The word of God is like a mirror that reveals to us the very thoughts and intentions of our hearts (Hebrews 4:12). It shows us our ugly, self-centered attitudes. It exposes our pride. It confronts our contempt for others, our lack of compassion and the lack of restraining our tongue. 

Consequently, if we just take a quick glance at the word once in a while and then rush out to do something else without doing anything to address the problems that it reveals, it won’t do us any good. 

To be doers of the word, we need to give it more than a passing glance. It requires concentration and hard work to apply it to ourselves and to our life. 

The problem of forgetting God is a frequent seen in the Old Testament; just like Moses warned Israel before they got into the promised land when he said, “be careful that you do not forget the Lord, who brought you out of Egypt, out of the land of slaver” (Deuteronomy 6:12). 

As we see, there is an inherent danger if a person hears the word, but does not put it into practice, because they are deluding themselves. The solution is to apply the word to fix the problems that it reveals. 

In verse 25 James changes terminology. Up till now, he’s mentioned “the word” (1:18, 21, 22, 23), but now he refers to it as “the perfect law of liberty.” 

The reason James does this is that he was writing to Jewish-Christian readers who were prone to keep the Law outwardly, while their hearts were far from God. Like the rich young ruler, they thought that they were okay, because they kept all of the commandments from their youth up, but as we read in Matthew’s 19:16-22 account, the rich young ruler was violating the great commandment, because he loved his money more than he loved God. 

When James calls it the perfect law of liberty, he is referring to the new covenant promise of the law written on the heart, enabling obedience to that law for the first time. This was written by Jeremiah 31:33 and Paul also later writes“(Indeed, when Gentiles, who do not have the law, do by nature things required by the law, they are a law for themselves, even though they do not have the law. They show that the requirements of the law are written on their hearts, their consciences also bearing witness, and their thoughts sometimes accusing them and at other times even defending them.) This will take place on the day when God judges people’s secrets through Jesus Christ, as my gospel declares” (Romans 2:14-16).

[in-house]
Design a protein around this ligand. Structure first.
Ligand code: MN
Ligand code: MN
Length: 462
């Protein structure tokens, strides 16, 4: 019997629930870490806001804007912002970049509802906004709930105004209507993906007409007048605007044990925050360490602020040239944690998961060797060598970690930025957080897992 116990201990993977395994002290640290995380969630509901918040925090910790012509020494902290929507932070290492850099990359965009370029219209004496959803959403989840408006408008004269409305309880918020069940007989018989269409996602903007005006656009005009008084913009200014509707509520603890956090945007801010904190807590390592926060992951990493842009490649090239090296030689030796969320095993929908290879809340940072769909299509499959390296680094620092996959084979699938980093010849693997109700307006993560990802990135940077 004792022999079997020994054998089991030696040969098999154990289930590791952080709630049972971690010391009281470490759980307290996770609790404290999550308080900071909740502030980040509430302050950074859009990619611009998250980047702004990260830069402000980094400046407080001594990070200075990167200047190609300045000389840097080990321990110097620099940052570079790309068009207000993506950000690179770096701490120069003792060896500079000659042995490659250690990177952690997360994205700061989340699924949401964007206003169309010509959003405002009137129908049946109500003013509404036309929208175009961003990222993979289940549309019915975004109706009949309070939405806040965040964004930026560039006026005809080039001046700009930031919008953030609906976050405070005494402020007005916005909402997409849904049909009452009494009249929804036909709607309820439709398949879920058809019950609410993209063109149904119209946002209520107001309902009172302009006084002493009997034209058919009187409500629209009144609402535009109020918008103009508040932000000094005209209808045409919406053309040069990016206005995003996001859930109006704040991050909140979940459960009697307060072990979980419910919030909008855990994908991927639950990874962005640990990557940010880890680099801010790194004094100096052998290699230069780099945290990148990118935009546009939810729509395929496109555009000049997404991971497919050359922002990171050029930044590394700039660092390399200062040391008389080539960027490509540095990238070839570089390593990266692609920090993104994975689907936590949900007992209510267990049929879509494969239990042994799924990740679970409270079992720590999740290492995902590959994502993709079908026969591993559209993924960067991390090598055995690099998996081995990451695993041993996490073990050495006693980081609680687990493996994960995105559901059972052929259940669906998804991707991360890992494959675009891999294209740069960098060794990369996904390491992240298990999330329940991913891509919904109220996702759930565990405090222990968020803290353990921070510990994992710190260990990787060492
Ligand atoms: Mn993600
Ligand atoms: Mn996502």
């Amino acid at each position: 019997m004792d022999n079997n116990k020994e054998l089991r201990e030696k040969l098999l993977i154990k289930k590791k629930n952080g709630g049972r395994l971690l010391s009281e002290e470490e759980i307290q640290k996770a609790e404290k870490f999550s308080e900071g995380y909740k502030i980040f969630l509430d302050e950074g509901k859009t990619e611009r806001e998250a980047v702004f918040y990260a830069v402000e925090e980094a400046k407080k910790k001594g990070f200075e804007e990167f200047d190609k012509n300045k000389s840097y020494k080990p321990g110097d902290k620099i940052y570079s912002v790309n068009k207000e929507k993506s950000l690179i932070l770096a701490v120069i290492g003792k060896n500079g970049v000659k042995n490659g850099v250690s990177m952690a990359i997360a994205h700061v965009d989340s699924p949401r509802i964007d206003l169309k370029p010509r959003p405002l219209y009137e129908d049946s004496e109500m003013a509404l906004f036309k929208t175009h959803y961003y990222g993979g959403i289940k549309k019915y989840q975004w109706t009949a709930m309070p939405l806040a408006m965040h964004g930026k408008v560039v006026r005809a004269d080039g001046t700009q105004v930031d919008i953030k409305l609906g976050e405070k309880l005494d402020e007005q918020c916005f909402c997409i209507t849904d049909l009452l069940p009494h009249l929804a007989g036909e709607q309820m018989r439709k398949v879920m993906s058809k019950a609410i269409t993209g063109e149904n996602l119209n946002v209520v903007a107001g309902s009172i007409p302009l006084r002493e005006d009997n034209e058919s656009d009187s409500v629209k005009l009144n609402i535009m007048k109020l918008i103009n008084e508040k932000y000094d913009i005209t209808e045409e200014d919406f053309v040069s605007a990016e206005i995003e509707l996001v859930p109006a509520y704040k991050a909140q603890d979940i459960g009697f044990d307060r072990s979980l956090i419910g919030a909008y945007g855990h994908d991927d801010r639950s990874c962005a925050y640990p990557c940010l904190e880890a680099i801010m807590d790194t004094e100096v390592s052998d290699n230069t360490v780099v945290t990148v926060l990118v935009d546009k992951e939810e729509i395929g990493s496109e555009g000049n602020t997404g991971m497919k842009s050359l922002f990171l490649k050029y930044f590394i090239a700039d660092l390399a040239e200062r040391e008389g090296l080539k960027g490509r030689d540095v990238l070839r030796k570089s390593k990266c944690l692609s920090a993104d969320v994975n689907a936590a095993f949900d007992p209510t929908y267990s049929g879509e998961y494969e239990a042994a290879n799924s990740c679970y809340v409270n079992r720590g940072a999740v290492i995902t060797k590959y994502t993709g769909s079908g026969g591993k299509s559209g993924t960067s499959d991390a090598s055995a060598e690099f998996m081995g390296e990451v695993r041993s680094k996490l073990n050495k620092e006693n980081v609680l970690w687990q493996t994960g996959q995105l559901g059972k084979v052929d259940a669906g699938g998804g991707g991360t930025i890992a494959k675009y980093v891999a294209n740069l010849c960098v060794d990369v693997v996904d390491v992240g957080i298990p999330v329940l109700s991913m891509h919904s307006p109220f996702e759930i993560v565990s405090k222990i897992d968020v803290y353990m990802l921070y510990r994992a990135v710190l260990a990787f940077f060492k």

When we look into God’s mirror “His word” and apply it to our hearts we will be set free as Jesus told the Jews who believed in Him: “If you hold to my teaching, you are really my disciples. Then you will know the truth, and the truth will set you free” (John 8:31-32). 

Do you want God’s blessing in your life? If you say yes, then James’ answer is clear: Don’t be a forgetful hearer of the word when you look at God’s mirror. Instead become an effectual doer and you will be blessed. 


Study to show yourself approved unto God, a workman that does not need to be ashamed, rightly dividing the word of truth. (2 Timothy 2:15)


 All Scripture is given by inspiration of God (God-breathed, alive), and is profitable for doctrine (what to believe), for reproof (to tells us what is wrong), for correction (tells us how to make it right), for instruction in righteousness (tells us how to live). That the man of God may be perfect, (capable, being empowered to do what God wants), thoroughly furnished unto all good works. (2 Timothy 3:16-17)

The Bible was written by man, but authored by God. “Knowing this first, that no prophecy of Scripture is of any private interpretation, for prophecy never came by the will of man, but holy men of God spoke as they were moved by the Holy Spirit” (2 Peter 1:20-21). It is a book that you can read in which the author (the precious Holy Spirit) is with you to guide you and to help you understand it. 

The Bible comes alive to those who have received the Holy Spirit because they believe that Jesus is the Son of God and that He came to earth to redeem the lost to the Father by His sacrificial death on the cross, that He arose on the third day and has ascended on to heaven from where He will return.

The Bible is useful to teach, rebuke, correct, train and equip us. When we read out Bible we have an encounter with the Living God. 

The Bible transcends time, culture, age, race, gender and education. God’s Word speaks to all who seek Him as seen in some of the following verses: 

“Your word is a lamp to my feet and a light to my path” (Psalm 119:105). In this dark world God’s Word will light our way with His awesome light if we let Him! 

“Your word I have hidden in my heart, that I might not sin against You” (Psalm 119:11).